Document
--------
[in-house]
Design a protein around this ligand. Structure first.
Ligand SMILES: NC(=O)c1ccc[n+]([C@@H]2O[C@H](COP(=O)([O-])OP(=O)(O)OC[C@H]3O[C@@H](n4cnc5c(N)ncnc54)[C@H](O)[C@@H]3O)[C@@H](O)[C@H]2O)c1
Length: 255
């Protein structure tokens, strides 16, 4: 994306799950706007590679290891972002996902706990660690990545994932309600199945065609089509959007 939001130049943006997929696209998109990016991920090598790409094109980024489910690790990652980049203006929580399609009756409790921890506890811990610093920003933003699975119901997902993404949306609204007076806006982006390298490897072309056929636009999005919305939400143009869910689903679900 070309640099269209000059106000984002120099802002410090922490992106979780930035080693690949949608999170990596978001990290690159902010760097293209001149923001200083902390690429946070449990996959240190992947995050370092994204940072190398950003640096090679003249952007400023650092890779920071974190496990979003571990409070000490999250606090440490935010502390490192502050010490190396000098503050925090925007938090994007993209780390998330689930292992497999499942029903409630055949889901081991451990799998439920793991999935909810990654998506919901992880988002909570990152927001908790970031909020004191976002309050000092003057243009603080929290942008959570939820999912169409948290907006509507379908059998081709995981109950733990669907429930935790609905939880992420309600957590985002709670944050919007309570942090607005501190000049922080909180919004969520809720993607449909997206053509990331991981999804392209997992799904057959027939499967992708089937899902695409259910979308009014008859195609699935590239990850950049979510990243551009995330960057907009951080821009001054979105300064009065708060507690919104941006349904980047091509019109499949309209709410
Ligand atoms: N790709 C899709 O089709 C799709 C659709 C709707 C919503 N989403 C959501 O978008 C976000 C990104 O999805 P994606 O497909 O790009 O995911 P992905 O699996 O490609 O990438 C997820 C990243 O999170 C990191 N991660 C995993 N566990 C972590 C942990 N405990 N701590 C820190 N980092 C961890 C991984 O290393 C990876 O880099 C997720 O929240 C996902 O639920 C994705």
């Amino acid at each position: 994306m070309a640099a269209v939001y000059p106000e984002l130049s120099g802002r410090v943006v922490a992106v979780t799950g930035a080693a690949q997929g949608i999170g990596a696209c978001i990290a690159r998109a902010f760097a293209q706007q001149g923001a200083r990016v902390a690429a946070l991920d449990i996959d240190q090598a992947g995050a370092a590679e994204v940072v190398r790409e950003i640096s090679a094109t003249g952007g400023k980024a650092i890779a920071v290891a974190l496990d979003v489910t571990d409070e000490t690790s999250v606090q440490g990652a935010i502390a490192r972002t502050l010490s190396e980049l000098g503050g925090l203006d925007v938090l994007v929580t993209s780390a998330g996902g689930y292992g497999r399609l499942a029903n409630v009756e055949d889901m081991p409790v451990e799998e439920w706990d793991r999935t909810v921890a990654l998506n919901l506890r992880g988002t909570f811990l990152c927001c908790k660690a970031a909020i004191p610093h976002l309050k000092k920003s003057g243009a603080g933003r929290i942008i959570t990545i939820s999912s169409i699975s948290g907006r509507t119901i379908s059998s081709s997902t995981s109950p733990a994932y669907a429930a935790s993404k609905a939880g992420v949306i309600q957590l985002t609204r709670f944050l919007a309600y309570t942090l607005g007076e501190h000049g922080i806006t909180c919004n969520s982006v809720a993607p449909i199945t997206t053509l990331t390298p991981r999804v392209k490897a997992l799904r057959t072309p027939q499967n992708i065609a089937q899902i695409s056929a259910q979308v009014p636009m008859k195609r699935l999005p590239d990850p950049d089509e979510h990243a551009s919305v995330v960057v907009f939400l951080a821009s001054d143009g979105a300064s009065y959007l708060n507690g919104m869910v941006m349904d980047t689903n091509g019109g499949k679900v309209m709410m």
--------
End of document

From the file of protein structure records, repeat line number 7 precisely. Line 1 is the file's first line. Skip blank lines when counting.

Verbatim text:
């Amino acid at each position: 994306m070309a640099a269209v939001y000059p106000e984002l130049s120099g802002r410090v943006v922490a992106v979780t799950g930035a080693a690949q997929g949608i999170g990596a696209c978001i990290a690159r998109a902010f760097a293209q706007q001149g923001a200083r990016v902390a690429a946070l991920d449990i996959d240190q090598a992947g995050a370092a590679e994204v940072v190398r790409e950003i640096s090679a094109t003249g952007g400023k980024a650092i890779a920071v290891a974190l496990d979003v489910t571990d409070e000490t690790s999250v606090q440490g990652a935010i502390a490192r972002t502050l010490s190396e980049l000098g503050g925090l203006d925007v938090l994007v929580t993209s780390a998330g996902g689930y292992g497999r399609l499942a029903n409630v009756e055949d889901m081991p409790v451990e799998e439920w706990d793991r999935t909810v921890a990654l998506n919901l506890r992880g988002t909570f811990l990152c927001c908790k660690a970031a909020i004191p610093h976002l309050k000092k920003s003057g243009a603080g933003r929290i942008i959570t990545i939820s999912s169409i699975s948290g907006r509507t119901i379908s059998s081709s997902t995981s109950p733990a994932y669907a429930a935790s993404k609905a939880g992420v949306i309600q957590l985002t609204r709670f944050l919007a309600y309570t942090l607005g007076e501190h000049g922080i806006t909180c919004n969520s982006v809720a993607p449909i199945t997206t053509l990331t390298p991981r999804v392209k490897a997992l799904r057959t072309p027939q499967n992708i065609a089937q899902i695409s056929a259910q979308v009014p636009m008859k195609r699935l999005p590239d990850p950049d089509e979510h990243a551009s919305v995330v960057v907009f939400l951080a821009s001054d143009g979105a300064s009065y959007l708060n507690g919104m869910v941006m349904d980047t689903n091509g019109g499949k679900v309209m709410m």